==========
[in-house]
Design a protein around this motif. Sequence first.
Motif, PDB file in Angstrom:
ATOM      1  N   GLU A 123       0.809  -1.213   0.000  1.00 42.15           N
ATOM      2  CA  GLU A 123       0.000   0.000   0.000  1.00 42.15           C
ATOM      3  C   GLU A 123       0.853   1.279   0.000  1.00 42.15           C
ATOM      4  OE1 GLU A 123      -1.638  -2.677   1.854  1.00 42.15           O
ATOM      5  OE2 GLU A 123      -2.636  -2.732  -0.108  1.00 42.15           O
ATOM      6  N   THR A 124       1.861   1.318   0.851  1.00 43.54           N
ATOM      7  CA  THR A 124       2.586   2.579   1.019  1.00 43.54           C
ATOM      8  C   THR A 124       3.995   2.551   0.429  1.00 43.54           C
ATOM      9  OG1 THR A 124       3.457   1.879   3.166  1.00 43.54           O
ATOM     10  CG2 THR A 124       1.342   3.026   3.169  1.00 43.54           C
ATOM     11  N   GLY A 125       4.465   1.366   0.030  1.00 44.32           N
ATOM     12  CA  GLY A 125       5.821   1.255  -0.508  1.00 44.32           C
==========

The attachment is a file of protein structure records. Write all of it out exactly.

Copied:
[in-house]
Design a protein around this motif. Sequence first.
Motif, PDB file in Angstrom:
ATOM      1  N   GLU A 123       0.809  -1.213   0.000  1.00 42.15           N
ATOM      2  CA  GLU A 123       0.000   0.000   0.000  1.00 42.15           C
ATOM      3  C   GLU A 123       0.853   1.279   0.000  1.00 42.15           C
ATOM      4  OE1 GLU A 123      -1.638  -2.677   1.854  1.00 42.15           O
ATOM      5  OE2 GLU A 123      -2.636  -2.732  -0.108  1.00 42.15           O
ATOM      6  N   THR A 124       1.861   1.318   0.851  1.00 43.54           N
ATOM      7  CA  THR A 124       2.586   2.579   1.019  1.00 43.54           C
ATOM      8  C   THR A 124       3.995   2.551   0.429  1.00 43.54           C
ATOM      9  OG1 THR A 124       3.457   1.879   3.166  1.00 43.54           O
ATOM     10  CG2 THR A 124       1.342   3.026   3.169  1.00 43.54           C
ATOM     11  N   GLY A 125       4.465   1.366   0.030  1.00 44.32           N
ATOM     12  CA  GLY A 125       5.821   1.255  -0.508  1.00 44.32           C